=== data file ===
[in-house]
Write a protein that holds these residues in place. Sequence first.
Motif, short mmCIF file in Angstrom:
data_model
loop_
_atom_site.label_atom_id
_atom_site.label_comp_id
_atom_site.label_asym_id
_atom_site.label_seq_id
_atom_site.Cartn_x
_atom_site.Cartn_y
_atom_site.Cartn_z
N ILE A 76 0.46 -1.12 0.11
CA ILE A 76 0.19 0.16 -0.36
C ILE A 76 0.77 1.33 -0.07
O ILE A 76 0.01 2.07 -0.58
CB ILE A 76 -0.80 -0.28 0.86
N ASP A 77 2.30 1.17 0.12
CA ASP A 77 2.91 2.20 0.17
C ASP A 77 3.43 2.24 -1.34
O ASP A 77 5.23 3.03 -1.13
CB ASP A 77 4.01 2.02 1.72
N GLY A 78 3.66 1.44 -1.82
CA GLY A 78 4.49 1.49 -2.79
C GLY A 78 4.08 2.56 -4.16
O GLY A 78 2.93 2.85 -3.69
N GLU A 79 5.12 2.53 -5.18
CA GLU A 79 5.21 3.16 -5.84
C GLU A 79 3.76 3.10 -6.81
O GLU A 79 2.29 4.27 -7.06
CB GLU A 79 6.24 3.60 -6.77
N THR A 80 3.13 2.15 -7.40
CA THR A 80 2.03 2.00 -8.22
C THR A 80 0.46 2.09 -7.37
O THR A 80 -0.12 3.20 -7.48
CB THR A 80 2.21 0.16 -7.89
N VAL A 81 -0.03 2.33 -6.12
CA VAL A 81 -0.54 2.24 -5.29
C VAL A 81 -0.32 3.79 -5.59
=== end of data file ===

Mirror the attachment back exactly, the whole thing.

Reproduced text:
[in-house]
Write a protein that holds these residues in place. Sequence first.
Motif, short mmCIF file in Angstrom:
data_model
loop_
_atom_site.label_atom_id
_atom_site.label_comp_id
_atom_site.label_asym_id
_atom_site.label_seq_id
_atom_site.Cartn_x
_atom_site.Cartn_y
_atom_site.Cartn_z
N ILE A 76 0.46 -1.12 0.11
CA ILE A 76 0.19 0.16 -0.36
C ILE A 76 0.77 1.33 -0.07
O ILE A 76 0.01 2.07 -0.58
CB ILE A 76 -0.80 -0.28 0.86
N ASP A 77 2.30 1.17 0.12
CA ASP A 77 2.91 2.20 0.17
C ASP A 77 3.43 2.24 -1.34
O ASP A 77 5.23 3.03 -1.13
CB ASP A 77 4.01 2.02 1.72
N GLY A 78 3.66 1.44 -1.82
CA GLY A 78 4.49 1.49 -2.79
C GLY A 78 4.08 2.56 -4.16
O GLY A 78 2.93 2.85 -3.69
N GLU A 79 5.12 2.53 -5.18
CA GLU A 79 5.21 3.16 -5.84
C GLU A 79 3.76 3.10 -6.81
O GLU A 79 2.29 4.27 -7.06
CB GLU A 79 6.24 3.60 -6.77
N THR A 80 3.13 2.15 -7.40
CA THR A 80 2.03 2.00 -8.22
C THR A 80 0.46 2.09 -7.37
O THR A 80 -0.12 3.20 -7.48
CB THR A 80 2.21 0.16 -7.89
N VAL A 81 -0.03 2.33 -6.12
CA VAL A 81 -0.54 2.24 -5.29
C VAL A 81 -0.32 3.79 -5.59